Anybody with a microphone seemed eager to commemorate some milestone or another at the opening night concert at the Hollywood Bowl.
The actress Taraji P. Henson told the crowd that the Hollywood Bowl Hall of Fame -- which inducted Kristin Chenoweth, the Go-Go's and Pink Martini on Saturday -- was marking its 15th anniversary.
In her introduction of Pink Martini, Barbara Eden mentioned that the quirky pop group, once known for playing the "I Dream of Jeannie" theme song, formed 20 years ago.
And Thomas Wilkins, conductor of the Hollywood Bowl Orchestra, pointed out proudly that the iconic venue's refurbished shell was entering its second decade of service.
But if the Bowl's all-star kickoff to its summer season seemed to risk an overload of ceremonial enumeration, the stars themselves managed to keep things light and breezy. Veteran entertainers still looking toward the next gig, they performed as though the show were no big deal -- even when it clearly was.
"This is definitely a pinch-me moment," said Chenoweth, honored Saturday by Carol Burnett, whose affectionate speech appeared to bring the Broadway star to tears.
Known for her roles in "Wicked" and on TV's "Glee," Chenoweth zipped through crowd-pleasing show tunes such as "I Could Have Danced All Night" and "Wishing You Were Somehow Here Again," the often-lugubrious "Phantom of the Opera" number she said she grew up listening to in her tiny Oklahoma hometown.
For "Popular," from "Wicked," she sang lines in German, Japanese and Italian, attesting to the musical's international success (and slyly demonstrating her own vocal dexterity).
And to follow up a much-discussed bit from her 2013 Bowl concert -- in which she duetted with an audience member who turned out to be a very capable singing instructor -- she brought her "Glee" costar Lea Michele onstage to do "For Good."
Was the touchy-feely "Wicked" selection a total showstopper? Nah. And how refreshing that was: less dueling divas than simply a couple of pals -- "my dear little nugget," Chenoweth called Michele -- as the two singers put across an appealing informality that showed Broadway needn't always be about indomitable personality.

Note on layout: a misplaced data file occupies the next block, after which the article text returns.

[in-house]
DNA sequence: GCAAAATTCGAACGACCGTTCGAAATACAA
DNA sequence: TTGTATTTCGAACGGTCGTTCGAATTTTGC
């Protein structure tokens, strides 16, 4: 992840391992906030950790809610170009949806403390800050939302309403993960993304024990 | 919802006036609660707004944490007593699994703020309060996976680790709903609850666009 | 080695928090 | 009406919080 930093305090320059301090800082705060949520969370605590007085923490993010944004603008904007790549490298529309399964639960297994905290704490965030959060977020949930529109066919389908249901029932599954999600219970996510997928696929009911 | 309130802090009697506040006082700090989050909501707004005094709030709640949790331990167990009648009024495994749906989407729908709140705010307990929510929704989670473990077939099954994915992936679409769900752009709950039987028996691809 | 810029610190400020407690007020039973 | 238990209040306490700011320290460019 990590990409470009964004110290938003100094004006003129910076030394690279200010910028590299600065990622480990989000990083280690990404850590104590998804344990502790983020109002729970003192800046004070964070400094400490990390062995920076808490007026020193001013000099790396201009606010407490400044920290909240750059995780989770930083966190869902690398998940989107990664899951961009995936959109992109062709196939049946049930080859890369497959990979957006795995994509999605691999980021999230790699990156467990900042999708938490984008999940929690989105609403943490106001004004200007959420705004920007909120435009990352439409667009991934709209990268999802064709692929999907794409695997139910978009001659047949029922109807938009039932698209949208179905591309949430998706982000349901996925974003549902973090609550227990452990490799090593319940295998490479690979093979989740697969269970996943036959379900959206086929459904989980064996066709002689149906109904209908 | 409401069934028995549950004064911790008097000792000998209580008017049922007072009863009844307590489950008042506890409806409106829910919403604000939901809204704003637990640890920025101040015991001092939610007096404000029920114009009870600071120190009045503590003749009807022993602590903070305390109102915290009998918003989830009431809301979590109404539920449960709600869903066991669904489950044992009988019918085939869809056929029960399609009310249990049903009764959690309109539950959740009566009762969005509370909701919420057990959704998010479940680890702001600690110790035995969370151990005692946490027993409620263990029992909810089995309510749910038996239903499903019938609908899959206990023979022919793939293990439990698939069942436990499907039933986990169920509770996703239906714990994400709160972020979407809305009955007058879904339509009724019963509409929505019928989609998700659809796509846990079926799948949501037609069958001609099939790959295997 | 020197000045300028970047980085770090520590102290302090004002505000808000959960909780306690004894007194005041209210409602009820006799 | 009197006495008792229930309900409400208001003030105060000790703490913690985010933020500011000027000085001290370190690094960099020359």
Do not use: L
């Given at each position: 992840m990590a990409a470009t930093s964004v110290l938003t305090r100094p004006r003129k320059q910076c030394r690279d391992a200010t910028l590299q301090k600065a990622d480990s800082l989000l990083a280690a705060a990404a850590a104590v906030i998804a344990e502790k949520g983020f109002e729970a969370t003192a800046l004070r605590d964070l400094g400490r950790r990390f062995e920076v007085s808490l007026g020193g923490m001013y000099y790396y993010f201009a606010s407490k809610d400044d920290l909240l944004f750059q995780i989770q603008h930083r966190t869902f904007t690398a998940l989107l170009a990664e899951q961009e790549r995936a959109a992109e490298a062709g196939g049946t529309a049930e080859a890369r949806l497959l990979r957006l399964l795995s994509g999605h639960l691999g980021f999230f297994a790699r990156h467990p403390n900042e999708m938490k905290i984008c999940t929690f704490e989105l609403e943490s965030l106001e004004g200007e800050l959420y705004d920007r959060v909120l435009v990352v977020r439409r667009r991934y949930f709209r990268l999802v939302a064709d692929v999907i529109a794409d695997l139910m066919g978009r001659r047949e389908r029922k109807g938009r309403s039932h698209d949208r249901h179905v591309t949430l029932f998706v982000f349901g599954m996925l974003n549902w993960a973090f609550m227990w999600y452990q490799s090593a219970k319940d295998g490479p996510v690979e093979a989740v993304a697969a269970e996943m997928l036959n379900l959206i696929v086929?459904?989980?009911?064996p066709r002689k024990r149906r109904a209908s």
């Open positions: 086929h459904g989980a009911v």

The Go-Go's made a similar point with their performance, which had no use for the winking irony that so many of their early-'80s pop peers have turned to in recent years.
Blazing through no-frills renditions of tunes like "Vacation" and "Our Lips Are Sealed" -- hits that first got the band to the Hollywood Bowl in 1982 -- the Go-Go's reminded the audience of their roots in the L.A. punk scene alongside comparatively radio-unfriendly acts like Fear and the Germs.
And when the group did spring for a bit of spectacle, as in a set-ending "We Got the Beat" that included extra percussion from a USC drum corps, it used the added energy to keep going, not to congratulate itself.
Pink Martini boosted its rhythmic attack as well in opening Saturday's show, which an L.A. Philharmonic representative said raised more than $1 million for the organization's music-education initiatives. Bandleader Thomas Lauderdale dedicated a thumping rendition of the classic samba "Brazil" to sports fans invested in the World Cup.
Expansive but propulsive, the performance felt like a valuable object lesson for the promising young music students in the house: You can go big, it seemed to say, without bogging down.